Drinking, texting or eating whilst behind the wheel are well known as some of the most common causes of preventative accidents. Perhaps more frightening though, is that a simple conversation could also lead to a potential smash or even worse, a fatality.
According to a survey conducted by the University of Calgary in Canada back in January on conversations and talking whilst using a cellphone, having a simple conservation amounted to the “driving performance to those exerted by cellphone conversation” based on the performance of 4 382 people surveyed between the ages of 14 and 84 years.
It determined that while “conversation(s) with passengers (are) generally socially accepted”, they still include factors such as taking your eyes of the roads to pay attention to passengers, which amounted to the same as looking or texting on a cellphone.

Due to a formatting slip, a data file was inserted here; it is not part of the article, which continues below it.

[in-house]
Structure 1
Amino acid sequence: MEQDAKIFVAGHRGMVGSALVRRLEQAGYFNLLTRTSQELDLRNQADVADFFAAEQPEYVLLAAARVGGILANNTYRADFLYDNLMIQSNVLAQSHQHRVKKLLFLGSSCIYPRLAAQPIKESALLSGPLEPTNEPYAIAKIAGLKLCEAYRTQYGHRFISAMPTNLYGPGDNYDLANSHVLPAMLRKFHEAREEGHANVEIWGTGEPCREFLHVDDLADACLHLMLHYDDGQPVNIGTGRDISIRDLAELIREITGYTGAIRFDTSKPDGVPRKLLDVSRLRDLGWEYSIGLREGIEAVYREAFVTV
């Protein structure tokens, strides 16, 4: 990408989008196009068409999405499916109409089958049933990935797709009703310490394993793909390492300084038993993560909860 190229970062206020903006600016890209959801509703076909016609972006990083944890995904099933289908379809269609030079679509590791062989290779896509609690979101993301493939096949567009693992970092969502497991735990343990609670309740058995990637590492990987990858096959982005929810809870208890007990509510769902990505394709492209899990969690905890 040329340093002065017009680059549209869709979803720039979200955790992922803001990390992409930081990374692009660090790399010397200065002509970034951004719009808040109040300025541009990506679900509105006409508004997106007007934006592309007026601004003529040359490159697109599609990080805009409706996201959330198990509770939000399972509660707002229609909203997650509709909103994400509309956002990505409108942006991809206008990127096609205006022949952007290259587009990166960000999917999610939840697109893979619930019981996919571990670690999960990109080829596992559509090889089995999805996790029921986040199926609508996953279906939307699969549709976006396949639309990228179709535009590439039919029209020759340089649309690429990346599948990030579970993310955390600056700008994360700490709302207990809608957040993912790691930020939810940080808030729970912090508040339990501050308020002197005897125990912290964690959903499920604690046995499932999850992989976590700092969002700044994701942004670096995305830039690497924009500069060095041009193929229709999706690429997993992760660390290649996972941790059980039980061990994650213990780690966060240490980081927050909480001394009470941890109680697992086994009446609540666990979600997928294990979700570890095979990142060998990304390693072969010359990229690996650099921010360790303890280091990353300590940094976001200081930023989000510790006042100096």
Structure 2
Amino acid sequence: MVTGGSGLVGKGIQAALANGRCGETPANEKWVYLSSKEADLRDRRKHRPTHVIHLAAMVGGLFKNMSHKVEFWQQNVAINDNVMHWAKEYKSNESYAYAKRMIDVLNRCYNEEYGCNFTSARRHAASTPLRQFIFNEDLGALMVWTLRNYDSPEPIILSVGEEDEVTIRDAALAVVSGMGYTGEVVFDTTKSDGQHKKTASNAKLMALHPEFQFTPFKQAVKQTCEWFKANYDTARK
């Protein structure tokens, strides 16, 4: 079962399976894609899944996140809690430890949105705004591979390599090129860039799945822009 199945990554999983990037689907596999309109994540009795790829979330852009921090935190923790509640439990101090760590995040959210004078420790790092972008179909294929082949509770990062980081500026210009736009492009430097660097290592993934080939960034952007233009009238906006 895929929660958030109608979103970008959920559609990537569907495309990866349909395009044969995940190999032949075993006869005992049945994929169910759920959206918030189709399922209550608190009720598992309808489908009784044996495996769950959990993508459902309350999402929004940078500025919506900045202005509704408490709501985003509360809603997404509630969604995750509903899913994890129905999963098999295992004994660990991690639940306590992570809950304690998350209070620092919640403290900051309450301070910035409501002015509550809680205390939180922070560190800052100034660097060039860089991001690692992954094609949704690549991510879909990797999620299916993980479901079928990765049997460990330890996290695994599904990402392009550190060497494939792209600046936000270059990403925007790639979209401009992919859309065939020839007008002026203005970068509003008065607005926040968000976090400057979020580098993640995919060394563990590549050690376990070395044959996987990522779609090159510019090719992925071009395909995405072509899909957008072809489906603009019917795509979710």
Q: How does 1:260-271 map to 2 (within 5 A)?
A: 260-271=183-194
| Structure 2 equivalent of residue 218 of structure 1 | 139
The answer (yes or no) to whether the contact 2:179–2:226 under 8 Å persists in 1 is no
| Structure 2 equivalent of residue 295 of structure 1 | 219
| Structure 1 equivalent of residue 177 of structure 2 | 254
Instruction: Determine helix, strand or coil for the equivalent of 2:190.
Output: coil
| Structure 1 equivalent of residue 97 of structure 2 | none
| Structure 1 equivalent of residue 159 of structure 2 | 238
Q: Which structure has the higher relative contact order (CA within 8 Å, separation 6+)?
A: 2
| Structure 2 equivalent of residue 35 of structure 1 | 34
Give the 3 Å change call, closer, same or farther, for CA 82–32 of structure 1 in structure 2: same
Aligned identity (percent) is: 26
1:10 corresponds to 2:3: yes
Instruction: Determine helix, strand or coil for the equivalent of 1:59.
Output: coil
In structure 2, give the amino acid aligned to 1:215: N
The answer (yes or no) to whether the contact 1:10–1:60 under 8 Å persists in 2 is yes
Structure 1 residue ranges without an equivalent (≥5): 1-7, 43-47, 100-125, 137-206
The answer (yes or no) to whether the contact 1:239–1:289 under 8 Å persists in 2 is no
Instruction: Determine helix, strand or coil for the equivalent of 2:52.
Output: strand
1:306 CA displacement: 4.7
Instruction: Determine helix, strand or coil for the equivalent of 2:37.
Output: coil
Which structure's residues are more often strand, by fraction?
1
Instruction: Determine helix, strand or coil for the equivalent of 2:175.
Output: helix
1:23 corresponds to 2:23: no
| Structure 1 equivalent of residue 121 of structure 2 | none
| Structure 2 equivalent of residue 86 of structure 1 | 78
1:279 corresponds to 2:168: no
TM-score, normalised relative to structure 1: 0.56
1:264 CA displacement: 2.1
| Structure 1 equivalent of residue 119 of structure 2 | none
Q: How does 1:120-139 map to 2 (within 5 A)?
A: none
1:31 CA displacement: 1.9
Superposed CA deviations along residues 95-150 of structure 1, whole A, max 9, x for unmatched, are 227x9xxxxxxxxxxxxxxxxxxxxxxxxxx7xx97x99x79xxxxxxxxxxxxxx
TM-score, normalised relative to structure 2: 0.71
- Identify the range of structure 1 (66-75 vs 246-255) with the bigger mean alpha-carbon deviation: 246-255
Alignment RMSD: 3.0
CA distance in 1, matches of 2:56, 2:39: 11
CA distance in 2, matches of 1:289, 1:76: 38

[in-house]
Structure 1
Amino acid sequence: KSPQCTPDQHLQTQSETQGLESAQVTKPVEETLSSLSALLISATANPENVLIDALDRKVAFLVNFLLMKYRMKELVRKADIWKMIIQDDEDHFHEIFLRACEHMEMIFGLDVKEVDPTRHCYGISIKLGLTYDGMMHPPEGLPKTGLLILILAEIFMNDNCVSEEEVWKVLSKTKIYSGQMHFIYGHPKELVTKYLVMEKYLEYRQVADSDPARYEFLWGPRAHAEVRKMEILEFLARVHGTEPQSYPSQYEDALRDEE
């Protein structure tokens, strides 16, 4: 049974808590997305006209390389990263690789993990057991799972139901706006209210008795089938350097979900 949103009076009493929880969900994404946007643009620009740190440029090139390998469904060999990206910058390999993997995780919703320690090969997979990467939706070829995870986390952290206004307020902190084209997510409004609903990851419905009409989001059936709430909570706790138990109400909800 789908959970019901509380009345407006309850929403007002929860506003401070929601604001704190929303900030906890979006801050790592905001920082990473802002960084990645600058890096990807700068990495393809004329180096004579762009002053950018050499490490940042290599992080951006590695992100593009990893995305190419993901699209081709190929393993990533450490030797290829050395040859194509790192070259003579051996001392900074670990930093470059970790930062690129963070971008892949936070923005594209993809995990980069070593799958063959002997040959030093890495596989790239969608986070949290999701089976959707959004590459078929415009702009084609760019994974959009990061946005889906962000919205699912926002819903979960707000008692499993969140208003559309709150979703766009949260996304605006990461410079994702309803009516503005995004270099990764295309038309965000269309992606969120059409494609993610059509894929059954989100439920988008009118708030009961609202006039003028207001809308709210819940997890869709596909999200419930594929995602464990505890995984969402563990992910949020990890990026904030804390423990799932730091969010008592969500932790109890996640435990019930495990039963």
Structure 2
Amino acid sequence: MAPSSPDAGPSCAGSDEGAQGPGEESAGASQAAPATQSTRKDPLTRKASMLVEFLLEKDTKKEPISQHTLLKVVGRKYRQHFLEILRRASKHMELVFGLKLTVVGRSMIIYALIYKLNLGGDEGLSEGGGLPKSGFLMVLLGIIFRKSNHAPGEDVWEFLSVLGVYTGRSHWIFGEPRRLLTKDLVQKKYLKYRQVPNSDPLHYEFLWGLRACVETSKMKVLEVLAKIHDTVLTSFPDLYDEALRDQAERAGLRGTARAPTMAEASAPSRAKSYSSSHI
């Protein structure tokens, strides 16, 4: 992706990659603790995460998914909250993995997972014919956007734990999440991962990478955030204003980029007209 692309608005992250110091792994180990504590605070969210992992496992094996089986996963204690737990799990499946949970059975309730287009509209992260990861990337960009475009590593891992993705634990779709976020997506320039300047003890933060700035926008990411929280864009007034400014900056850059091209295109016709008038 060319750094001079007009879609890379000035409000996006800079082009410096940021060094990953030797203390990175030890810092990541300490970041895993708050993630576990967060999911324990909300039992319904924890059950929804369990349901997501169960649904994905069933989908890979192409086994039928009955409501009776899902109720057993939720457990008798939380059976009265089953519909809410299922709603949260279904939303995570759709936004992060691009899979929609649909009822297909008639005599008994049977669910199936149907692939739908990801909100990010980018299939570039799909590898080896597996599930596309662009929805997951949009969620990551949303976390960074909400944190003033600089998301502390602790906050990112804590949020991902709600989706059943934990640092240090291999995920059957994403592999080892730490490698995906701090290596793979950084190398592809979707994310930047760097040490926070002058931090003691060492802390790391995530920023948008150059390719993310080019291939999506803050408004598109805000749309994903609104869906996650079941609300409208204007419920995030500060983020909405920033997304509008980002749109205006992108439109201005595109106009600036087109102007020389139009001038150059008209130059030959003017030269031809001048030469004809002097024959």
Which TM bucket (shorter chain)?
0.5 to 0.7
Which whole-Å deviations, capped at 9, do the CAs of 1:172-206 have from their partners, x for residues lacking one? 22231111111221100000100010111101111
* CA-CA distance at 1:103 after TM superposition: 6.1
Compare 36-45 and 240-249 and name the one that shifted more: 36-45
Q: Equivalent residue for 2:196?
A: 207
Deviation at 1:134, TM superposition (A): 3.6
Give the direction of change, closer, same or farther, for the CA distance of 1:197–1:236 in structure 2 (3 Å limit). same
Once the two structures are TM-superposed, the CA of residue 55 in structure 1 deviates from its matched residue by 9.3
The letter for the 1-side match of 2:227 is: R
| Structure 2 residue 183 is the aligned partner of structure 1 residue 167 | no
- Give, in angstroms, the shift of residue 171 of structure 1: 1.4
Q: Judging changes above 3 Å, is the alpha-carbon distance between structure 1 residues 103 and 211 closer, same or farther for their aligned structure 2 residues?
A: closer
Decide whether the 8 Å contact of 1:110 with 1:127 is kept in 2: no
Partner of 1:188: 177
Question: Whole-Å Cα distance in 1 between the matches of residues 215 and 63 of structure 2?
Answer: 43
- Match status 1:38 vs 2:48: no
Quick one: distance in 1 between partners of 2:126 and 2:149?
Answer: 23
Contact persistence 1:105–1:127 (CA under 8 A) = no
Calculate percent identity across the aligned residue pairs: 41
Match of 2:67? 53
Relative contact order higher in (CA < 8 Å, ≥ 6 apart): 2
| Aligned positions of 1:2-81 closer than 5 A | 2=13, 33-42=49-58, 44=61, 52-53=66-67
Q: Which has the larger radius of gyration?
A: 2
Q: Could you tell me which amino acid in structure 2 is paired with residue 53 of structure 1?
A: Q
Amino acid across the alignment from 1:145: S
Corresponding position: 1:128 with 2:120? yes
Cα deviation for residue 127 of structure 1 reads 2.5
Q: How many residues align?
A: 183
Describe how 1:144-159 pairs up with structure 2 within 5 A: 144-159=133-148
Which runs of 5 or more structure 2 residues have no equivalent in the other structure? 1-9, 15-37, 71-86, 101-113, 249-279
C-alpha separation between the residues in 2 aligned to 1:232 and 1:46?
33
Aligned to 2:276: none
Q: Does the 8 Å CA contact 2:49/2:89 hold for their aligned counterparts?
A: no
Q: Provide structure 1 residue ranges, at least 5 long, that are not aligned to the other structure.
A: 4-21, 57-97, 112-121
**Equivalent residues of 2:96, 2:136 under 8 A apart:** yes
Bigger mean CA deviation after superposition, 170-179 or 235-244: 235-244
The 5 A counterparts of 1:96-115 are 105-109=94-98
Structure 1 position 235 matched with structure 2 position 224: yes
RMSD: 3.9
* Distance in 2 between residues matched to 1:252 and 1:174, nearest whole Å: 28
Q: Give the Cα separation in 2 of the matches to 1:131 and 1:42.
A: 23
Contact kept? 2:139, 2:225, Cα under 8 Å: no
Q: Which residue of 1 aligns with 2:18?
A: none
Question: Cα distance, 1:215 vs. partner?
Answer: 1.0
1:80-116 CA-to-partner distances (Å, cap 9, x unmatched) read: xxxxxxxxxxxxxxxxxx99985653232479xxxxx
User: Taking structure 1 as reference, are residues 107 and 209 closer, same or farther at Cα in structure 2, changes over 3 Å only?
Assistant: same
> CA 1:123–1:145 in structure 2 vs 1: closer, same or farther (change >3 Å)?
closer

Another decidedly dangers risk involves the obligatory every day or road trip argument, which not only involves the driver taking his/her eyes off of the road to face the often rear seat distraction, but potentially also their hands as a way of maintaining authority. Along with the obvious use of words, the combination could lead to a loss of control and eventual accident.
Standing in-line with this, is the potential for conversations turning heated up front as a result of a disagreement or different opinion, which again could lead to the driver taking their hands off the wheel as a means of proving a point. Like with an argument, this could lead to the driver not paying to the road ahead, leading to an accident.
The final factor is road rage. Often caused by one driver cutting another off, road rage almost always involves (foul) language and can lead the “cut-off” driver wanting to invoke revenge by not only obscene words and language, but their vehicles as a means of payback.
As it so often happens, the use of vulgar words and signals leads to a driver completely taking their attention off of the road when the moment becomes heated, leading to an almost certain accident with another car or worse, pedestrians.